After our camel trek outside of Marrakech, we enjoyed lunch at a rustic riad near Jbel Toubkal, which is the tallest mountain in north African and the second tallest in Africa. It is more than 13,000 feet tall. The riad was nicely nestled in the valley near the town of Imlil. We ate a hearty meal of salad and tangine in order to prepare for our hike in the valley.
One of my goals for this selfish year trip was to ride a camel in Morocco. Since I failed to consult a map, I didn’t realize that Marrakech was quite a distance from the desert. We therefore rode camels through the mountains near the town of Asni, which is about an hour ride from Marrakech.
Mounting the camel was not difficult since they provided a step. However, actually riding the camel proved more difficult than I originally thought. At one point, it looked like I was about to fall off the camel and our handler advised me to move forward on the camel. Apparently, I was improperly riding way in the back of the saddle.
Mr. Selfish and I were a little skeptical about eating the market food in Marrakech. However, I learned from the Lonely Planet guide at the riad that the market stands are actually regulated by the government and have stringent sanitation standards. With that knowledge, Mr. Selfish and I ate our meals at the market stands and have yet to suffer any consequences (other than a full belly).
We started with a local restaurant right outside of the market. There was an outdoor elevated patio, at which we enjoyed a nice view of the market. We ate the tangine and couscous, both of which were divine.
Mr. Selfish and I wandered around Marrakech and enjoyed the Berber architecture, of which there were many outstanding examples. The Berber people are from north Africa and have lived in that area for at least 5,000 years. Berber architecture is typically reddish or other earth tones, which give the impression that the city and buildings spring from the earth.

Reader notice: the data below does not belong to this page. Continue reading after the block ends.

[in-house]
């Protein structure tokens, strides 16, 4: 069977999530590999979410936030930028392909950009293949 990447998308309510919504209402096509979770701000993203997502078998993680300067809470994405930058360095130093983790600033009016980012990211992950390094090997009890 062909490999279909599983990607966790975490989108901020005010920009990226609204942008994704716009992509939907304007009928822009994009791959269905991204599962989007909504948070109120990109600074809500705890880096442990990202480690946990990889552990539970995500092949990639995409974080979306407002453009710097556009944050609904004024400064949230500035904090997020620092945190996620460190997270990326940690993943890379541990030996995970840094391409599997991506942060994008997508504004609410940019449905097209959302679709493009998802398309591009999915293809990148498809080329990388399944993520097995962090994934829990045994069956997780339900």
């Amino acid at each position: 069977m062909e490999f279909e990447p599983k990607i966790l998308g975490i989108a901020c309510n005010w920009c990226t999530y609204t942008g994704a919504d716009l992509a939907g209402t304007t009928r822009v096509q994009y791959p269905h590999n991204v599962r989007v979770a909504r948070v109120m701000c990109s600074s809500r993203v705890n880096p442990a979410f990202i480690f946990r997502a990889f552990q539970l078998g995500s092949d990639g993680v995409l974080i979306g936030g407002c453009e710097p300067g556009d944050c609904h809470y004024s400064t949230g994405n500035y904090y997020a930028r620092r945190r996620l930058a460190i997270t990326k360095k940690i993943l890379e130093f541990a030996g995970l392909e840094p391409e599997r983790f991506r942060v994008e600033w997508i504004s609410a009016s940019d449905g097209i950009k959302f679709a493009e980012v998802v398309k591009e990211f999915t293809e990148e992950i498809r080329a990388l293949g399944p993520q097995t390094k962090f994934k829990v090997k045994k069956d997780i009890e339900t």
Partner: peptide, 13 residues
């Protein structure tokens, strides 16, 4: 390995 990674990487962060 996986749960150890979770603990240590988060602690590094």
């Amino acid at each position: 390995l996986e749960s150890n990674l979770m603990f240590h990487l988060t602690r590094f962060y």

At the taxi queue at the Marrakech airport, Mr. Selfish and I attempted to negotiate the fare into town to no avail. None of the cabbies would bargain with us, and all gave us the same price. We had to relent and pay the fare that the cabbie wanted.
When the cabbie dropped us off in the medina, he merely pointed in the general direction of our riad and told us to get out of the car since he couldn’t drive down the alleyway. We had no choice but to start walking in the direction that the cabbie pointed. An eight year-old child immediately started following us around and telling us that we were going in the wrong direction. He kept saying, “Zig zag. Wrong way.” The data plan on our phone didn’t work so we couldn’t map out our riad. We were hauling around our luggage, and the sun was starting to set. We eventually broke down and paid the kid to take us to our riad.